A recent study indicated that using sulfonylurea after metformin for the treatment of type 2 diabetes has as much of an effect as using other conventional treatments, but costs far less. The study was published online on the 26th of February in the journal Diabetes Care. The study was led by Yuanhui Zhang, a PhD candidate at North Carolina State University, Raleigh.
There are currently 11 classes of approved glucose-lowering medication, and metformin has a long-standing evidence for efficacy and for safety at lower cost and is chosen as the primary first-line treatment for type 2 diabetes. When the treatment with metformin does not show enough effects, another agent should be chosen. However, there is no consensus or sufficient evidence supporting the use of one second-line agent over another.
“In light of an incomplete understanding of the pros and cons of second-line medications and the high cost associated with newer medications, the decision to use newer medications should be weighed against the additional cost burden to patients and/or the health system,” said Brian Denton, PhD, of the University of Michigan, Ann Arbor, told Medscape Medical News.
In the study, researchers analyzed the data of 37,501 patients with type 2 diabetes who were over 40 and diagnosed with the disease between 1995 and 2010. Outcomes were compared among patients received sulfonylurea, DPP-4 inhibitor, GLP-1 agonist, or insulin for the intensification of metformin mono therapy. The researchers evaluated their life-years (LYs), quality-adjusted life-years (QALYs), mean time to insulin dependence, and expected medication cost per QALY from diagnosis to first diabetes-related complications (ischemic heart disease, myocardial infarction, congestive heart failure, stroke, blindness, renal failure, amputation) or death.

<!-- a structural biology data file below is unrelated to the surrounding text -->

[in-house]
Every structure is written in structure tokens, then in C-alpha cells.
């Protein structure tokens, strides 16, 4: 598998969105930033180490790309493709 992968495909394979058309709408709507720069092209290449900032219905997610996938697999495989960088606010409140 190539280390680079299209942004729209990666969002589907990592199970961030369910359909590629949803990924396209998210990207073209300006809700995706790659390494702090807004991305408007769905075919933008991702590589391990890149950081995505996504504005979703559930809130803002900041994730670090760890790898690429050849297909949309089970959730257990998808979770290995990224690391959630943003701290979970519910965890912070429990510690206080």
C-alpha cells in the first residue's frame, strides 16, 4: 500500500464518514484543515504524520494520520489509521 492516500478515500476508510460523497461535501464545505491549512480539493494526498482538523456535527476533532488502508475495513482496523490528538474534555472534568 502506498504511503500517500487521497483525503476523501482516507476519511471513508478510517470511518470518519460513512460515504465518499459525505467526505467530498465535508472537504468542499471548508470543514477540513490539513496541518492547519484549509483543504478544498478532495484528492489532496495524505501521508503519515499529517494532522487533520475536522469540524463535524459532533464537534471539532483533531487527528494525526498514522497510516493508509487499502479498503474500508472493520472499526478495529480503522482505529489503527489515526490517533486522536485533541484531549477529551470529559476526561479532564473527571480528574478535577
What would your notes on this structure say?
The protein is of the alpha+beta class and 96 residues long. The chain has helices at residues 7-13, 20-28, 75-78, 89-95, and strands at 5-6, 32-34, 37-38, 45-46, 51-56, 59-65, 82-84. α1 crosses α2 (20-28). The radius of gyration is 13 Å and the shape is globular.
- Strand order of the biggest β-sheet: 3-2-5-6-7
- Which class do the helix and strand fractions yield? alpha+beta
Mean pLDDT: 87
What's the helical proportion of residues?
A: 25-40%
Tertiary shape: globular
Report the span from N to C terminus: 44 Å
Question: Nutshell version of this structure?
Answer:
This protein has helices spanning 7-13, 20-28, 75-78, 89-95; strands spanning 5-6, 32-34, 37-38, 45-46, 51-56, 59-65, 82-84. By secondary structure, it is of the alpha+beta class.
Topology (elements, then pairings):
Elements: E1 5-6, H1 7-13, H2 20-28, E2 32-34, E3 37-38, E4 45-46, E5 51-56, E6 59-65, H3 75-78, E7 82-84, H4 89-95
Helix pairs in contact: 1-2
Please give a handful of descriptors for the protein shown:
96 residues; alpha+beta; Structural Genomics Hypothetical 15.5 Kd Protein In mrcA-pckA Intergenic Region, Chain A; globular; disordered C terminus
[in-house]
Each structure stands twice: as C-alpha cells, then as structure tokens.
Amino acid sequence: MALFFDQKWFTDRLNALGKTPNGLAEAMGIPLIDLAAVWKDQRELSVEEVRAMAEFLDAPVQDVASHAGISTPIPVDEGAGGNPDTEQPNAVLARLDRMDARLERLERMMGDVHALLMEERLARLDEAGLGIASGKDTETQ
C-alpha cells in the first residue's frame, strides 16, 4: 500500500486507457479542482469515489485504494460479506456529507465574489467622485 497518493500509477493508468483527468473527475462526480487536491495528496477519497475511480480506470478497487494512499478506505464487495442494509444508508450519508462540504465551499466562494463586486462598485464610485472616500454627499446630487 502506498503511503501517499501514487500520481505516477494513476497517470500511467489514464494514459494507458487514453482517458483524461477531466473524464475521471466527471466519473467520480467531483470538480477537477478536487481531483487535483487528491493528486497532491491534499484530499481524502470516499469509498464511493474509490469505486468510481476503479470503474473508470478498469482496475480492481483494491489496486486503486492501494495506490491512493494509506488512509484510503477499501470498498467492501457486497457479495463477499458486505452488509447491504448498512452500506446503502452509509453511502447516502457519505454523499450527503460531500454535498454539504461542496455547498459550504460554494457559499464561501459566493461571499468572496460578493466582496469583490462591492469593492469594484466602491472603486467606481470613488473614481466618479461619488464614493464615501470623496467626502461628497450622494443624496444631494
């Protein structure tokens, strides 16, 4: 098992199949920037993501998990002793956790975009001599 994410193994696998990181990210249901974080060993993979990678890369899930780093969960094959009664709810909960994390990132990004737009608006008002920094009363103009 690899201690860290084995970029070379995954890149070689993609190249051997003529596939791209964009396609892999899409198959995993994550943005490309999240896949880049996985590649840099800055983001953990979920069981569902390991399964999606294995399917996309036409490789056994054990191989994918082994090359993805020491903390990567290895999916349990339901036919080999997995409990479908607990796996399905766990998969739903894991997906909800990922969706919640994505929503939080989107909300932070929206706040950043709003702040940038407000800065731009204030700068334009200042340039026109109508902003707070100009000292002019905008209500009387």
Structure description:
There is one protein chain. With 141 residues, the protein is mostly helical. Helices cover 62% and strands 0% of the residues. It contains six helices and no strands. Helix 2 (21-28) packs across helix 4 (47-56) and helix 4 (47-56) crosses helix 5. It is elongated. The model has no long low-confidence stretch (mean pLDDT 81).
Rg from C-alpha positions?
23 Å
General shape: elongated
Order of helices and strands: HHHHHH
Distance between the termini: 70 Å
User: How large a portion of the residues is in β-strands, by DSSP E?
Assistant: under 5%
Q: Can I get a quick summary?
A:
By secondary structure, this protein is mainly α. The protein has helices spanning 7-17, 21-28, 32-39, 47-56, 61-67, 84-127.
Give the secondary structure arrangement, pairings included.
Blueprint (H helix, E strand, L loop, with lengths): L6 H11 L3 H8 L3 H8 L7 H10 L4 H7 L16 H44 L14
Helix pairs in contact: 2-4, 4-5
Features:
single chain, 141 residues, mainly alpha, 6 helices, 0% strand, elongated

As a result, all regimens resulted in similar LYs and QALYs. However, sulfonylurea treatment incurred significantly lower cost per QALY and resulted in the longest time to insulin dependence (about 1 year vs 0.53–0.62 years for the other 2 regimens). Average medication costs per month were $81.75 for metformin, $54.85 for sulfonylurea, $232.84 for DPP-4 inhibitor, $325.97 for GLP-1 agonist, and $245.70 for insulin.
However, Alan J. Garber, MD, PhD, of Baylor College of Medicine, Houston, Texas, noted to Medscape Medical News that “the use of retrospective data means that the study is subject to both ascertainment and physician-choice bias,” and that “Patients value things differently. If you had a hypoglycemic episode and you don’t like that, you’re willing to pay a lot more of your discretionary income to avoid having another one,” which undoubtedly affected the outcome of the study.
Expected medication costs per QALY ranged from a low of $2600/QALY for metformin/sulfonylurea in women to a high of $2891/QALY for metformin/GLP-1 agonist in men. Compared with the metformin/sulfonylurea regimen, which was the least expensive, additional cost per QALY incurred with the other second-line agents ranged from $141/QALY for DPP-4 inhibitor in women to $216/QALY for GLP-1 agonist in men.
“The differences in cost per patient among the 4 treatment regimens were substantial and thus of potential importance to patients as well as healthcare providers and payers,” commented the authors.